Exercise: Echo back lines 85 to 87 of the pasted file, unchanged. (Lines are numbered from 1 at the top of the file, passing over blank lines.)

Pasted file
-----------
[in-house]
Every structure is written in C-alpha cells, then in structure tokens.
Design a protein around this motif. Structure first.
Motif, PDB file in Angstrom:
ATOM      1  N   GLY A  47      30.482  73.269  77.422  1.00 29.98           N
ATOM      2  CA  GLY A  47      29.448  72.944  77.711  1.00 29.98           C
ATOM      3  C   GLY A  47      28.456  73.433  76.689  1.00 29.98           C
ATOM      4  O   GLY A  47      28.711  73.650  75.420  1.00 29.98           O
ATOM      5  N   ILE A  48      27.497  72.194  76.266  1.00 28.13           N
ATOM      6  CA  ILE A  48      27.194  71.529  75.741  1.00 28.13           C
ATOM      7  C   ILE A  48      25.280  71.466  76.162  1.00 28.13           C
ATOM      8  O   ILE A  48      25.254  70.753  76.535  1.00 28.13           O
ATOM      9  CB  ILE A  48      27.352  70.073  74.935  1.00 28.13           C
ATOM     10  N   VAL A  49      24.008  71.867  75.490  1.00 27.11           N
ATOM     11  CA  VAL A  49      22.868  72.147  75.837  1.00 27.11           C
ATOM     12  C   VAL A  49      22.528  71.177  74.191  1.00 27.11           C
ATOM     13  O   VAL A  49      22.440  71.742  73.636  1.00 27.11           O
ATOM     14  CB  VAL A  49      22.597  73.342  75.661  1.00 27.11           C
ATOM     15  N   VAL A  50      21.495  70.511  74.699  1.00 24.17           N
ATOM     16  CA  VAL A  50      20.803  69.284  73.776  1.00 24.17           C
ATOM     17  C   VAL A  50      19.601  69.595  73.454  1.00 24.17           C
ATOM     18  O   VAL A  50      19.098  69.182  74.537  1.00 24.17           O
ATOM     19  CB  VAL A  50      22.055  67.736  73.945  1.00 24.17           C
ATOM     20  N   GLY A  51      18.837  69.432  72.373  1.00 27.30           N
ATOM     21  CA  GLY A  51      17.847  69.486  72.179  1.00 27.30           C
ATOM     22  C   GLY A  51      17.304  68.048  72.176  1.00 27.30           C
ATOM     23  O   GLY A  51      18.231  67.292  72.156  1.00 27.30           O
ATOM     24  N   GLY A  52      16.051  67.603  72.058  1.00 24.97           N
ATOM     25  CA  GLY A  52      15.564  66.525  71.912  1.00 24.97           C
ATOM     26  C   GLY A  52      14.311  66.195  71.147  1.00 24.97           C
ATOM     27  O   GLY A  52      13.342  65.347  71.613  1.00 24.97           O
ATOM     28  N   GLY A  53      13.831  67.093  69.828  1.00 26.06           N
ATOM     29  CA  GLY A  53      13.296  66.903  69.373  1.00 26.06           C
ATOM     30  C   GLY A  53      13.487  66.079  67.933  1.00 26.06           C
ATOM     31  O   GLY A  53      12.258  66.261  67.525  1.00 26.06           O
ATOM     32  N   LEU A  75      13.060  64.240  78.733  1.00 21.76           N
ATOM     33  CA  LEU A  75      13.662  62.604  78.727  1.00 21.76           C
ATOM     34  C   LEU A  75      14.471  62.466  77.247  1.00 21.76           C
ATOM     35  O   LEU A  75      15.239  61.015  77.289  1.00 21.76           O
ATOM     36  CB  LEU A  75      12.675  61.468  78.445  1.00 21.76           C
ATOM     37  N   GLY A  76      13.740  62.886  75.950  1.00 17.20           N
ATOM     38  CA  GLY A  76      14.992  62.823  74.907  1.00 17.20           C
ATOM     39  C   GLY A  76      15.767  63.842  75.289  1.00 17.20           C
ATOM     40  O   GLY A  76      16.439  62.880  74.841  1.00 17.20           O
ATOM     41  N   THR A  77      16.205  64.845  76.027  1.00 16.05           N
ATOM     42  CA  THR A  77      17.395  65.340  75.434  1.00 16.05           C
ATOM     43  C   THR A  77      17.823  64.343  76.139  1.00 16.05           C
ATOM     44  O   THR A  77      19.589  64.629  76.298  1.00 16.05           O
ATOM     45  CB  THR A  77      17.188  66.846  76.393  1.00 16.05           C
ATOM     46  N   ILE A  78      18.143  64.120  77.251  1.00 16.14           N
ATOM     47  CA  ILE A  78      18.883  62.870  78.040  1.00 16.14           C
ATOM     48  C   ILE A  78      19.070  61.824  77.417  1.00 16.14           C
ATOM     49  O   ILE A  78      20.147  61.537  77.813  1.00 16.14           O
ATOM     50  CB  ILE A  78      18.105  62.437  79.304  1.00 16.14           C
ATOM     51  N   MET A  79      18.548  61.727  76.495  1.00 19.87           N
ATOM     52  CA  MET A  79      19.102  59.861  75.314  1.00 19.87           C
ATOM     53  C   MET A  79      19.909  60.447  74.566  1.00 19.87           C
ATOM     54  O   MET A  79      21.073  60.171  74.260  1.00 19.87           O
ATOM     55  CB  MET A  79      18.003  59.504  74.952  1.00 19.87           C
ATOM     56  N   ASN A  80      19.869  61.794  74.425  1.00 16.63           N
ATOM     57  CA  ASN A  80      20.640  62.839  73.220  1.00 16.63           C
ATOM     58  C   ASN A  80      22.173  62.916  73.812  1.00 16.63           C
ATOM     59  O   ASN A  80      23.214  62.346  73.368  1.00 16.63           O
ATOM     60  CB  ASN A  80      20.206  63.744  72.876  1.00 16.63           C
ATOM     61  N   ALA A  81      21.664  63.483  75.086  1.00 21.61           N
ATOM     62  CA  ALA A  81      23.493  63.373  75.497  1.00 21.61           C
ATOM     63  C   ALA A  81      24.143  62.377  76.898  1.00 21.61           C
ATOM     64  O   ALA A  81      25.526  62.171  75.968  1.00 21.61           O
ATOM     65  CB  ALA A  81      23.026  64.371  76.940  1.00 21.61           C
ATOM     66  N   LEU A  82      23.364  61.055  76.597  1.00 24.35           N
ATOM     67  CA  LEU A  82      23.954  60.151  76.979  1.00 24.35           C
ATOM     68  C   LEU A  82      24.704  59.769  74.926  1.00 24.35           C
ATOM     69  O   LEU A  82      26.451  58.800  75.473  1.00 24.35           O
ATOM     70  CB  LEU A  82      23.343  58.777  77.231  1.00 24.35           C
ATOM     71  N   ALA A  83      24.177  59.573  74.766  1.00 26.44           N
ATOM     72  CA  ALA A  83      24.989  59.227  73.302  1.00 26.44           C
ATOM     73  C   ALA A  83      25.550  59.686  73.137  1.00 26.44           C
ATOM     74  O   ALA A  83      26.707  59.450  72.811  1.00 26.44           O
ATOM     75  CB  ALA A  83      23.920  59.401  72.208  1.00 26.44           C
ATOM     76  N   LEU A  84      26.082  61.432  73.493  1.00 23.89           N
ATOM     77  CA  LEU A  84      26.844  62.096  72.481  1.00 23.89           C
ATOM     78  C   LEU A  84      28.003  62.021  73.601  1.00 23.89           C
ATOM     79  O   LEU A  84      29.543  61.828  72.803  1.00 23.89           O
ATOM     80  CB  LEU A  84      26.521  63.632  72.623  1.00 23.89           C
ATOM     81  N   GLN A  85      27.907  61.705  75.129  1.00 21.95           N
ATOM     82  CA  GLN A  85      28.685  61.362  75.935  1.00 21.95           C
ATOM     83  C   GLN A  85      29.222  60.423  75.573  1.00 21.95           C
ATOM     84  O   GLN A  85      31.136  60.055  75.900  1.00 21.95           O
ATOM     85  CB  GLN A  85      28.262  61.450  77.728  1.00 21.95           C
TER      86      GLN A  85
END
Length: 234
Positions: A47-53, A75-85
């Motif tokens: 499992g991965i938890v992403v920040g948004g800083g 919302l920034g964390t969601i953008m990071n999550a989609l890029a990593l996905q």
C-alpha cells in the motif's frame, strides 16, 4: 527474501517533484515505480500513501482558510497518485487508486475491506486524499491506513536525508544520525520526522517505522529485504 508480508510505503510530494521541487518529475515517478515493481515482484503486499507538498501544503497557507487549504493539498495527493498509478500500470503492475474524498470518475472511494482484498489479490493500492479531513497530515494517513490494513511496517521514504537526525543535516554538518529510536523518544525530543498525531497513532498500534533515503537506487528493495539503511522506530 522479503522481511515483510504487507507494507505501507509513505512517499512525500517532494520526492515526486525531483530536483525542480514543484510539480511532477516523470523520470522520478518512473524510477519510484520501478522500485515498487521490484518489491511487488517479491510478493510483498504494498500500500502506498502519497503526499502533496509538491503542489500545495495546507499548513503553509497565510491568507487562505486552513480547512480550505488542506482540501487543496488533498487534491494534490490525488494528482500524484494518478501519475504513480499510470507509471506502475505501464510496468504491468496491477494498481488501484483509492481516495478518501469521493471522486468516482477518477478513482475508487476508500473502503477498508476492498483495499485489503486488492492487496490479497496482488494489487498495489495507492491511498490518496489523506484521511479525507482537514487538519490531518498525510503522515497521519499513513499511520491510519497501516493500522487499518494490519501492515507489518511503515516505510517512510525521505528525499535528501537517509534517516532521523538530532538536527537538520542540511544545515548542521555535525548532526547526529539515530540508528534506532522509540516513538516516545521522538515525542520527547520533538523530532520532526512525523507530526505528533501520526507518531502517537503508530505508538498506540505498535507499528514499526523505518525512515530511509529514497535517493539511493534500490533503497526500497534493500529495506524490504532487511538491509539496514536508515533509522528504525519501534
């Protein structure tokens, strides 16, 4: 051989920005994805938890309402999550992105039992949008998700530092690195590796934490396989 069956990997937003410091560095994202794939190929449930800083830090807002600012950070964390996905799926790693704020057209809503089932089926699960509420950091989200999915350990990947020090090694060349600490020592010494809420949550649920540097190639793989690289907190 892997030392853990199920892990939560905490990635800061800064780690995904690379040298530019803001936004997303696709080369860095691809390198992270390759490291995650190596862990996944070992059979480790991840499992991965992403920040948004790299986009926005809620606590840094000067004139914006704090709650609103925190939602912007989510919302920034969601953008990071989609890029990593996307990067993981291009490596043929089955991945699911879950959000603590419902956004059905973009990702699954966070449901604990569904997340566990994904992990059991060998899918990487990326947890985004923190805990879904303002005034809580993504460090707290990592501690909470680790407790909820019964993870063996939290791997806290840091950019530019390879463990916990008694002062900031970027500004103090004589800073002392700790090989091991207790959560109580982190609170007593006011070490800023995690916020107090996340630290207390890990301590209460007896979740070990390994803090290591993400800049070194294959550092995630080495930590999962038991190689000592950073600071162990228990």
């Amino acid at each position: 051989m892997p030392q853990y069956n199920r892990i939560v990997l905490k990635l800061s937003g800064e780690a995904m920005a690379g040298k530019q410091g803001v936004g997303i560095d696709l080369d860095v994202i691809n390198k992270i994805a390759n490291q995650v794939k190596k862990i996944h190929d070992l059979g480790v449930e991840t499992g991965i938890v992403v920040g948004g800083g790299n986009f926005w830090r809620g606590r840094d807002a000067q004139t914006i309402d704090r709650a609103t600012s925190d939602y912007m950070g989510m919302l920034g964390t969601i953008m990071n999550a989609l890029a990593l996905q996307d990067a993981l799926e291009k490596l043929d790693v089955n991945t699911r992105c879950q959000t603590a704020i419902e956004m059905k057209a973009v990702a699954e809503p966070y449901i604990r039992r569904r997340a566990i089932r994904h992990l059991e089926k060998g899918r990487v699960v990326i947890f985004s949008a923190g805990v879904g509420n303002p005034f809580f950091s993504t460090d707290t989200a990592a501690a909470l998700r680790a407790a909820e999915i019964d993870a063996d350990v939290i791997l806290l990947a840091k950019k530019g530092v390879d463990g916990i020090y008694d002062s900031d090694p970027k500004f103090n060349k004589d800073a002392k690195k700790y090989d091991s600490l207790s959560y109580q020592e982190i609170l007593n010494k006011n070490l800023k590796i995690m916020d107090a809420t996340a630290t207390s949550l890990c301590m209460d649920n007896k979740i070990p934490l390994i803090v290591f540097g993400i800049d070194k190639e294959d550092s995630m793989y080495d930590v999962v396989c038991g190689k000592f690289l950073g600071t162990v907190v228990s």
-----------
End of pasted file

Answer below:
ATOM     81  N   GLN A  85      27.907  61.705  75.129  1.00 21.95           N
ATOM     82  CA  GLN A  85      28.685  61.362  75.935  1.00 21.95           C
ATOM     83  C   GLN A  85      29.222  60.423  75.573  1.00 21.95           C